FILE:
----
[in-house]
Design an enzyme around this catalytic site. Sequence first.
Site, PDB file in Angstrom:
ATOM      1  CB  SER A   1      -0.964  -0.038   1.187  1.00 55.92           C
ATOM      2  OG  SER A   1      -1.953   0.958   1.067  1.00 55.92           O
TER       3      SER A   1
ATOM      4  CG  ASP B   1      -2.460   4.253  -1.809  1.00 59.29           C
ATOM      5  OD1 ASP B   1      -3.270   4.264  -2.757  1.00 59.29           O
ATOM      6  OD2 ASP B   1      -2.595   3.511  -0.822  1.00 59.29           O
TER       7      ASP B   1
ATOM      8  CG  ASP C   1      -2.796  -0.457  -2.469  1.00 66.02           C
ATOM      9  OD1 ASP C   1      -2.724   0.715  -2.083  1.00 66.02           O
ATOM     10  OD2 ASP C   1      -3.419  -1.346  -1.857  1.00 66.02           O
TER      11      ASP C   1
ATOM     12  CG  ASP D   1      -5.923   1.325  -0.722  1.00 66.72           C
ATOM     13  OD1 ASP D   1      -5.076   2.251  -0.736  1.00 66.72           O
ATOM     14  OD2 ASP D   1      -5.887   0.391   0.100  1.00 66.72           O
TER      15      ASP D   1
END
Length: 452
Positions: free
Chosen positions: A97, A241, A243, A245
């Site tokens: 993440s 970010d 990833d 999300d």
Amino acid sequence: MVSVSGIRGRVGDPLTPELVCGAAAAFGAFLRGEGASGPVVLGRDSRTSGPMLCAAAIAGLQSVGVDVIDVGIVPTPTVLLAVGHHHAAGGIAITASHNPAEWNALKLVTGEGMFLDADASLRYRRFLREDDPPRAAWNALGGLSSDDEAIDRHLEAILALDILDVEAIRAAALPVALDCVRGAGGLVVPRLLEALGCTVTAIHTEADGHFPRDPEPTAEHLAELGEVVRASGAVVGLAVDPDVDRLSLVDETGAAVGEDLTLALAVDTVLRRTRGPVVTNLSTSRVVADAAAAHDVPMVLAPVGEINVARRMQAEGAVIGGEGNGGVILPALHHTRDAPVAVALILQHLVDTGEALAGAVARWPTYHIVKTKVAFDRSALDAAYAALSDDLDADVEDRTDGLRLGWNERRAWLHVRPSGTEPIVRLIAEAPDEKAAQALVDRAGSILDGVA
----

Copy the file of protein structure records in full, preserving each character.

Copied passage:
[in-house]
Design an enzyme around this catalytic site. Sequence first.
Site, PDB file in Angstrom:
ATOM      1  CB  SER A   1      -0.964  -0.038   1.187  1.00 55.92           C
ATOM      2  OG  SER A   1      -1.953   0.958   1.067  1.00 55.92           O
TER       3      SER A   1
ATOM      4  CG  ASP B   1      -2.460   4.253  -1.809  1.00 59.29           C
ATOM      5  OD1 ASP B   1      -3.270   4.264  -2.757  1.00 59.29           O
ATOM      6  OD2 ASP B   1      -2.595   3.511  -0.822  1.00 59.29           O
TER       7      ASP B   1
ATOM      8  CG  ASP C   1      -2.796  -0.457  -2.469  1.00 66.02           C
ATOM      9  OD1 ASP C   1      -2.724   0.715  -2.083  1.00 66.02           O
ATOM     10  OD2 ASP C   1      -3.419  -1.346  -1.857  1.00 66.02           O
TER      11      ASP C   1
ATOM     12  CG  ASP D   1      -5.923   1.325  -0.722  1.00 66.72           C
ATOM     13  OD1 ASP D   1      -5.076   2.251  -0.736  1.00 66.72           O
ATOM     14  OD2 ASP D   1      -5.887   0.391   0.100  1.00 66.72           O
TER      15      ASP D   1
END
Length: 452
Positions: free
Chosen positions: A97, A241, A243, A245
């Site tokens: 993440s 970010d 990833d 999300d």
Amino acid sequence: MVSVSGIRGRVGDPLTPELVCGAAAAFGAFLRGEGASGPVVLGRDSRTSGPMLCAAAIAGLQSVGVDVIDVGIVPTPTVLLAVGHHHAAGGIAITASHNPAEWNALKLVTGEGMFLDADASLRYRRFLREDDPPRAAWNALGGLSSDDEAIDRHLEAILALDILDVEAIRAAALPVALDCVRGAGGLVVPRLLEALGCTVTAIHTEADGHFPRDPEPTAEHLAELGEVVRASGAVVGLAVDPDVDRLSLVDETGAAVGEDLTLALAVDTVLRRTRGPVVTNLSTSRVVADAAAAHDVPMVLAPVGEINVARRMQAEGAVIGGEGNGGVILPALHHTRDAPVAVALILQHLVDTGEALAGAVARWPTYHIVKTKVAFDRSALDAAYAALSDDLDADVEDRTDGLRLGWNERRAWLHVRPSGTEPIVRLIAEAPDEKAAQALVDRAGSILDGVA